Average family size is 3.4 70% of families have 2 or more workers 12% of households have no car and 48% have only 1 car 17% take transit to work and 3% walk

21 Pedestrian Data for All Crashes in DeKalb County, GA
Of the 62 fatally injured pedestrians: 47% Black 36% Hispanic 17% White DeKalb Board of Health (2003)

22 Severity of Pedestrian Injuries in DeKalb on Buford Highway
Severity N % Fatalities Serious Injuries Visible Injuries Complaints No Injuries DeKalb Board of Health (2003)

23 Number of Injuries and Deaths on Buford Highway
DeKalb Study Area (8 miles) (2.37 miles) Injuries/year Deaths/year DeKalb Board of Health (2003)



26 Estimating Changes in Injury
No studies could be located to determine injury reduction based on proposed changes Hired senior traffic engineers (Hamilton & Associates) to calculate expected changes

27 Injuries and Fatalities: Study Area
Current Expected After Reduction Pedestrian Injuries/Year ( ) Deaths/Year ( ) Automobile Injuries/Year ( )

28 Physical Activity Hard to find study that had good measures of physical activity and the built environment – we chose study with best measure of physical activity Saelens et al. (2003) found a 72.5 minute difference in total walking per week between neighborhoods in San Diego Saelens et al. (2004) found 124 minute difference in walking for transport In low-income neighborhoods in Seattle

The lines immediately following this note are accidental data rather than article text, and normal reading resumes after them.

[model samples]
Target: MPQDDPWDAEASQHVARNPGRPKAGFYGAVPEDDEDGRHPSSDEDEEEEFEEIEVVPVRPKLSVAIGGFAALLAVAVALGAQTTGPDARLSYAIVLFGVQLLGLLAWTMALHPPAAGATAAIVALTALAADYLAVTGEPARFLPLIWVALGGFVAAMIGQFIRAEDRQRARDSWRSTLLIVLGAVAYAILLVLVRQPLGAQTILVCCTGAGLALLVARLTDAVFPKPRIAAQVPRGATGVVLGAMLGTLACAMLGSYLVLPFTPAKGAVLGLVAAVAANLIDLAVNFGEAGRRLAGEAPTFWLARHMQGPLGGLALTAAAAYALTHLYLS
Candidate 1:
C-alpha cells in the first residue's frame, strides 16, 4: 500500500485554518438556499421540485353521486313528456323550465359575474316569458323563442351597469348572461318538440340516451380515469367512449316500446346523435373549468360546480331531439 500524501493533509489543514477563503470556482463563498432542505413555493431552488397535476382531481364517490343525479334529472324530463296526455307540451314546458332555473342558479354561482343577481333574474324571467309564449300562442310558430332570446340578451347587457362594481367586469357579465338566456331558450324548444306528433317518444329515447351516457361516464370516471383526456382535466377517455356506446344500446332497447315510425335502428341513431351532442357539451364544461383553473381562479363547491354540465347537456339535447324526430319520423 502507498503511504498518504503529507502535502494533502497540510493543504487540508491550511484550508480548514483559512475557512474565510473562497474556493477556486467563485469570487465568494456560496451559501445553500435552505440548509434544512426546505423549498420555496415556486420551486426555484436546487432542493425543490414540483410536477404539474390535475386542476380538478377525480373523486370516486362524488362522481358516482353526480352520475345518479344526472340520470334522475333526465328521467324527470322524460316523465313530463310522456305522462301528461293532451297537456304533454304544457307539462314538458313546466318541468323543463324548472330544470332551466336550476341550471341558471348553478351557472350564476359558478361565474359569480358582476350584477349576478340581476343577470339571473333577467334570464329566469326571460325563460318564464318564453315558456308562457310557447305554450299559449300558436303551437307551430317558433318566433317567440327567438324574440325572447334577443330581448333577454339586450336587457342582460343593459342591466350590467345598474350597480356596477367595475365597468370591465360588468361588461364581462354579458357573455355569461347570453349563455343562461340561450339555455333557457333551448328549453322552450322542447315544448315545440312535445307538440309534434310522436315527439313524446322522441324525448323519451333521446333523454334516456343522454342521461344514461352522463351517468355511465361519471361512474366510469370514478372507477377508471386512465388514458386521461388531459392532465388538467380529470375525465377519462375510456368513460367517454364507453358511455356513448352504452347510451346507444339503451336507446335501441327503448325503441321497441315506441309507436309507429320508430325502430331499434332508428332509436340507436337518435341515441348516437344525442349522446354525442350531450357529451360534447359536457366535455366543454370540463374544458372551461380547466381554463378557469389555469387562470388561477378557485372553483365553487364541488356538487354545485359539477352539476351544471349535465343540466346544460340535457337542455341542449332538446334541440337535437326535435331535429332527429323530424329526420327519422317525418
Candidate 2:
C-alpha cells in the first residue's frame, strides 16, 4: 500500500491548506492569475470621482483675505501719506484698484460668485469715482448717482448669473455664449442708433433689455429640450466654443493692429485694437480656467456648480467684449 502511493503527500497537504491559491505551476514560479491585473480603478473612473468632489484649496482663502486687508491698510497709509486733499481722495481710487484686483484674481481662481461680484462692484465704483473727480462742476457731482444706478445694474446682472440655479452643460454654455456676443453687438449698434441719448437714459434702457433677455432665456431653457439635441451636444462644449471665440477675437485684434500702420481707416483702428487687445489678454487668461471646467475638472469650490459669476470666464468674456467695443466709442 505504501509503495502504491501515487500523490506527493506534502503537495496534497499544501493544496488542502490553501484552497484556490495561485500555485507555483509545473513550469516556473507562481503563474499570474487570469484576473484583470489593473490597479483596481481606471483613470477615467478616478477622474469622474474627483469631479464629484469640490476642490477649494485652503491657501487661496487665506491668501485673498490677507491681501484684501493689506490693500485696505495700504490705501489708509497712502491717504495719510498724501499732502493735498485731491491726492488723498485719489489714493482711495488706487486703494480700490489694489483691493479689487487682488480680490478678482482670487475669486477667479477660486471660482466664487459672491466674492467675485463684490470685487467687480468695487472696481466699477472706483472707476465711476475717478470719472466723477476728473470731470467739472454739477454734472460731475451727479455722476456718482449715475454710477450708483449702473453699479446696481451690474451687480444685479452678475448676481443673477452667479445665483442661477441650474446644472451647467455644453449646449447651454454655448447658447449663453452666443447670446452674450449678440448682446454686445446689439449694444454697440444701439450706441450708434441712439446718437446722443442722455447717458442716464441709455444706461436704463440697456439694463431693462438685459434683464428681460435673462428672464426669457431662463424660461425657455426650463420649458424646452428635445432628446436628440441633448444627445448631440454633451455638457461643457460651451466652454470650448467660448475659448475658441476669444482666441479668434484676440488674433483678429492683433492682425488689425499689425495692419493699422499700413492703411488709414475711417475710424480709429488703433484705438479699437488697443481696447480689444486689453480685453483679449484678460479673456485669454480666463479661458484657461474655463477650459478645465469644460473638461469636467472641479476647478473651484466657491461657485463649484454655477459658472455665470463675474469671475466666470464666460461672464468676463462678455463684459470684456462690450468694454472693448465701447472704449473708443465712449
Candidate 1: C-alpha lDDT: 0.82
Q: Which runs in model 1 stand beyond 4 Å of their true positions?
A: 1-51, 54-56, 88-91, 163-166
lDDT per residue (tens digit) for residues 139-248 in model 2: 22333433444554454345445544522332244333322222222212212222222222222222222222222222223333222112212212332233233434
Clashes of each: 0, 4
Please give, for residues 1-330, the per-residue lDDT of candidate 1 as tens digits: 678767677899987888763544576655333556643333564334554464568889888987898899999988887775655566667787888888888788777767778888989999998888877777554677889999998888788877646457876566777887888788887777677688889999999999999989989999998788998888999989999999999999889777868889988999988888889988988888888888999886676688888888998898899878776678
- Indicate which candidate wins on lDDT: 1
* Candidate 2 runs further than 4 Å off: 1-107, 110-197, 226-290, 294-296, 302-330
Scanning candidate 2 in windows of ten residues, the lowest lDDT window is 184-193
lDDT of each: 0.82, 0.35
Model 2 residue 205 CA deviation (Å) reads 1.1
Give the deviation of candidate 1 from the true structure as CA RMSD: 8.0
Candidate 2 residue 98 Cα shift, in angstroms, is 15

29 Walkability Audit Results
Neighborhood Score Grade San Diego High Walkable A- Low Walkable B Buford Before D Buford After B- 1=A to 6=F

30 Estimating Increases in Walking
Since there were only two data points to serve as the source for the effect parameter there was uncertainty with respect to the shape of the relationship between walkability and minutes walked per week Linear Dichotomous Curvilinear No effect

31 Buford Highway Post-Project – Seattle Estimate = 200 mins/week

32 Cost Effectiveness Model
Determine cost-effectiveness of redeveloping Buford Highway (street-scale urban design) compared to other physical activity interventions recommended by the Community Guide for Preventive Services

33 Cost Effectiveness Model
In almost all scenarios the redevelopment of Buford Highway was a good investment of money (<$50,000 per QALY) and in most of the scenarios it was cost saving This does not take into account QALY loss and cost of injuries just increases in QALYs due to physical activity

34 Reporting and Review Manuscripts
Numerous presentation at national meetings (Smart Growth, ACSM, etc.) Presentations for local groups (ARC, FHWA, GDOT, DeKalb Board of Health)

35 Evaluation of Impact Sections of Buford Highway (Shallowford to I-285) will be redeveloped starting in the spring of 2005 Changes will not be as extensive as those proposed by the CQGRD Decision made before HIA was completed Possible to get greater changes made to the southern section of Buford Highway

36 Conclusions Redeveloping greyfields could lead to an increase in physical activity and a decrease in injuries HIA is a new and evolving science, however it is a promising new approach to quantify health impacts of a wide variety of policies and projects HIA provides an outlet for health to be appropriately factored into complex decisions